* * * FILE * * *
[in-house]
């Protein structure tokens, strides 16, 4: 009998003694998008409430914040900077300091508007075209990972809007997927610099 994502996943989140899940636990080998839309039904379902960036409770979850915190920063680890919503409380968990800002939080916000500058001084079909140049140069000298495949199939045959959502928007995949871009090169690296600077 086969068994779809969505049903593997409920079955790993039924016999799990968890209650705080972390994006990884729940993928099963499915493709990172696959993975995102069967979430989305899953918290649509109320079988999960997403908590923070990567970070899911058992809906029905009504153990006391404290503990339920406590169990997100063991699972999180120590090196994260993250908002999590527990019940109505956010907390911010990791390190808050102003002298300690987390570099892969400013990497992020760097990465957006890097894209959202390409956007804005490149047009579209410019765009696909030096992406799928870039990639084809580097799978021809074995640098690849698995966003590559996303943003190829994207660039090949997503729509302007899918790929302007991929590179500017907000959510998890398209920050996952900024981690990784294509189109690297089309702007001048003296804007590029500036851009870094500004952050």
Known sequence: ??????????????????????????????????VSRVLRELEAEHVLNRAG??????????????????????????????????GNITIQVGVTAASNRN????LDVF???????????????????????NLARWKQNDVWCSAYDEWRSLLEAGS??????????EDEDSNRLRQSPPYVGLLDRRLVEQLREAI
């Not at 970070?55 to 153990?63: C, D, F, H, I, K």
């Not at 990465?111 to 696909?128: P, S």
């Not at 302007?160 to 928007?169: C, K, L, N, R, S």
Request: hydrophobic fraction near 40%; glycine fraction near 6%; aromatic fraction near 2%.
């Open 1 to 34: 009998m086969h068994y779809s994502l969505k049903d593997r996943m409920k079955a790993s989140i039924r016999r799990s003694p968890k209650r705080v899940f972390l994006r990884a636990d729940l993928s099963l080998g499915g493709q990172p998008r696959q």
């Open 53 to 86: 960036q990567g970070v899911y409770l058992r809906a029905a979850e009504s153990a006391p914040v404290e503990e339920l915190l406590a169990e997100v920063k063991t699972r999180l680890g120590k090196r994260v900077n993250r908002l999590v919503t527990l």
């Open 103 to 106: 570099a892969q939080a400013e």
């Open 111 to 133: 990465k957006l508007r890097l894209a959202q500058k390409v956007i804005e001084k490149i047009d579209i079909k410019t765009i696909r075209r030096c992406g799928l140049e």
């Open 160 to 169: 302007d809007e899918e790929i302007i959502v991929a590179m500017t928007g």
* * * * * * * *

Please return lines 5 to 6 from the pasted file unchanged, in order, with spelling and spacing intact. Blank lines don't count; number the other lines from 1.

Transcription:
């Not at 990465?111 to 696909?128: P, S």
């Not at 302007?160 to 928007?169: C, K, L, N, R, S």